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Massage Today
July, 2005, Vol. 05, Issue 07

We Get Letters and E-Mail

By Editorial Staff


Massage Today encourages letters to the editor to discuss matters relating to the publication's content. Letters may be edited for space and clarity, and published in a future issue or online.

Please send all correspondence by e-mail to or regular mail to:

Massage Today
P.O. Box 4139
Huntington Beach, CA 92605


"Let me cite some words of wisdom..."

Dear Editor:

The onslaught of mail on the expressions of Betty Jacobs and Rich Hasdam has arrived from those with a vested interest in increased massage school hours for anatomy and physiology (www.massagetoday.com/archives/2005/03/17.html; www.massagetoday.com/archives/2005/05/15.html).

Let me cite some words of wisdom by Milton Trager, MD, about the matter of anatomy and physiology education being necessary in order to practice effectively. From a 1987 interview with Dr. Trager by Carol Cavanaugh from The Yoga Journal (www.trager.com/article_relaxation.html):

"Carol Cavanaugh: How much do you use your formal knowledge of anatomy in your work and how much do you impart to your trainees?

Milton Trager, MD: I impart very little to my students. You don't think, 'I am now doing the quadriceps.' You just do it. Physiology the same thing.

Carol Cavanaugh: But when you were in these classes and got the picture of how the human body fits together, did you get any information which was valuable in consolidating your intuitive understanding?

Milton Trager, MD: I would say no. I was doing this with a lot of success long before I cracked a book. This is what prompted me to go to school. And now I see my students getting results without all the anatomy, physiology, pathology, or anything else."

Let me also cite some words from the very fine article by Brian Coughlan in the Massage Therapy Journal, Millennium 2000 issue:

"Esalen, where it all began in the mid-20th century, looks to the 21st; Esalen had an important role in popularizing massage for health maintenance and stress reduction," in which Brita Ostrom, one of 40 members of the world-renowned Esalen Massage Crew, "mentioned a recent mailing she received that had been sent to massage school directors to solicit input on a proposal to increase the required number of hours of study in anatomy. She said her response was that if she could be satisfied that students are learning adequately how to touch, then and only then, could she support an increase in the hours of anatomy. 'I'm sure they just said, Esalen thinking and threw it aside.' "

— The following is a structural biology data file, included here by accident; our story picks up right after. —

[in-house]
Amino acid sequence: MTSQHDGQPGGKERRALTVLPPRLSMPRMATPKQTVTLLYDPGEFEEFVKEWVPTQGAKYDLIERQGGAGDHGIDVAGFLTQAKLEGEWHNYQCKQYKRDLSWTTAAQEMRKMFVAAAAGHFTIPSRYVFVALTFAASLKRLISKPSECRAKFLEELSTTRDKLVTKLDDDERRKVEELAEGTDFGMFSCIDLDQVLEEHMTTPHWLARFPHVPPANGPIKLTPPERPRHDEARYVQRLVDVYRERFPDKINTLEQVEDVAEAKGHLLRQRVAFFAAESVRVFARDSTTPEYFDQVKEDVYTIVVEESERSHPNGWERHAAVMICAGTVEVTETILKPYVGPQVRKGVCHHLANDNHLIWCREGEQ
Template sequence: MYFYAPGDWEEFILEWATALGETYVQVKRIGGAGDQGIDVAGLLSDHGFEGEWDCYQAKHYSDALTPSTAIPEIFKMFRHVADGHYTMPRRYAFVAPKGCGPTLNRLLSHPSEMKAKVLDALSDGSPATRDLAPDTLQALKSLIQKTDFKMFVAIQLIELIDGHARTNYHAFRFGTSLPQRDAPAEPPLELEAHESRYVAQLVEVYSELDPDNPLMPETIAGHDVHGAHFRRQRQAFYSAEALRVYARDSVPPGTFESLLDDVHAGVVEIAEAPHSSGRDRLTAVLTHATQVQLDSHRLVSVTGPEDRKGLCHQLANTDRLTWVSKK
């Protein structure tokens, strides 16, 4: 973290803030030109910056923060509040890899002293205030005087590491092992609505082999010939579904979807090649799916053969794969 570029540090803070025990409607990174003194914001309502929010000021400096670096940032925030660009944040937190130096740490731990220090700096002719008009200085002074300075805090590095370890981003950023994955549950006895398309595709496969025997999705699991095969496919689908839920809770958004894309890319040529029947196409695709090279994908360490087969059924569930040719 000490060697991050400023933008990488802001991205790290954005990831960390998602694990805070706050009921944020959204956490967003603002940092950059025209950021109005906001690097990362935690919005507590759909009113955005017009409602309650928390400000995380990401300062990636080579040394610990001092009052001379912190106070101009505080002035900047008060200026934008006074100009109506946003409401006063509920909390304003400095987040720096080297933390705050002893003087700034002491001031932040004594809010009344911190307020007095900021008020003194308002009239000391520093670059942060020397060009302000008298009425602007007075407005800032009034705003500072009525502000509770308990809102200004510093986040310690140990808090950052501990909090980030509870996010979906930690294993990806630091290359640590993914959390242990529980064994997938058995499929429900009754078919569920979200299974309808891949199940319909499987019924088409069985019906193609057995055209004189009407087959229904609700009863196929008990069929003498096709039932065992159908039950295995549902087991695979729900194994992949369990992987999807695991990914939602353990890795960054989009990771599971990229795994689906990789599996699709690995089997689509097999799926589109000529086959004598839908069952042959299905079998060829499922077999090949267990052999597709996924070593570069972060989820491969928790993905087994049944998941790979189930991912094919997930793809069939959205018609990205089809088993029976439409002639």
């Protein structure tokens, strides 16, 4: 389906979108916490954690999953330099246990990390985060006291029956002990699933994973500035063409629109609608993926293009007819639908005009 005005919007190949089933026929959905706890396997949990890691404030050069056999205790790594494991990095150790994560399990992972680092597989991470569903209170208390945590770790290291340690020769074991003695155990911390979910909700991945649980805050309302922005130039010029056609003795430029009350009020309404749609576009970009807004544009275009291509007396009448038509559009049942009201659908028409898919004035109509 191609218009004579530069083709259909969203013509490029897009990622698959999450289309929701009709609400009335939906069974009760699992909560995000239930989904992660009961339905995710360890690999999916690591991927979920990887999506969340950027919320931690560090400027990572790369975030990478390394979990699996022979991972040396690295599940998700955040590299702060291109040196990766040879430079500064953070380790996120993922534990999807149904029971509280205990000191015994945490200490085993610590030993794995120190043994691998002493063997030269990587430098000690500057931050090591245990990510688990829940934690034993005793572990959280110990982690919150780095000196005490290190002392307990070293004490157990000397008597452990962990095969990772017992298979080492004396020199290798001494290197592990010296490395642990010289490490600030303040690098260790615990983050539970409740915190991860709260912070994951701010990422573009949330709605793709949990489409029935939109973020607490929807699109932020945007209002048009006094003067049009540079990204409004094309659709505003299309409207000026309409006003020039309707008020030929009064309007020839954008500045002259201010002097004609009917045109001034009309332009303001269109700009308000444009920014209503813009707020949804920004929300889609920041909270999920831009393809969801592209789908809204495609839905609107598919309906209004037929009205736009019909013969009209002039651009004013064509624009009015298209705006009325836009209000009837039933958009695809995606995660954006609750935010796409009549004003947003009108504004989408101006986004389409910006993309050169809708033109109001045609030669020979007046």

Carl W. Nelson
via e-mail


"Are you doing the work you feel you were put here to do?"

Dear Editor:

In reference to all those who are concerned that they will lose control in their scope of practice ("What Scope of Practice?" March 2005, www.massagetoday.com/archives/2005/03/11.html and "We Get Letters and E-Mail," June 2005, www.massagetoday.com/archives/2005/06/16.html):

I am a massage therapist [male] licensed by the Ohio State Medical Board, who has been in private practice for nearly 12 years. I have had to overcome many obstacles. The allopaths want control of the medical field, the PTs are concerned that they are losing ground to the massage therapists, etc. What about the patient/client? Are we not supposed to be here for them? If your answer is, "I am in control and am here for me," you are in the wrong business. We are all here to help each other.

If that is not your intention, I feel sorry for you and your clients.

Everyone feels they are losing control, but we are here to help one another, not control one another. I will continue to help my patients/clients - whether it be a "fluff and buff" or medical situation. I care more about my people than I do about being in control of their treatment. Search your conscience and your soul. Are you doing the work you feel you were put here to do? Love thy neighbor as thyself - think about it.

Ronald E. Bowersock, LMT
Dayton, Ohio


Applause for Elaine Stillerman

Dear Editor:

I want to applaud Elaine for the article "'V-Back' to the Dark Ages' (www.massagetoday.com/archives/2005/05/11.html). I was so pleased to see such an informative article on this topic grace the pages of MassageToday. In addition to the entire article, I especially appreciated the last paragraph, which named the root of the problem in a very straight-forward, no-holds-barred way. Bravo!

Lisa Gillispie, LMT
via e-mail

 

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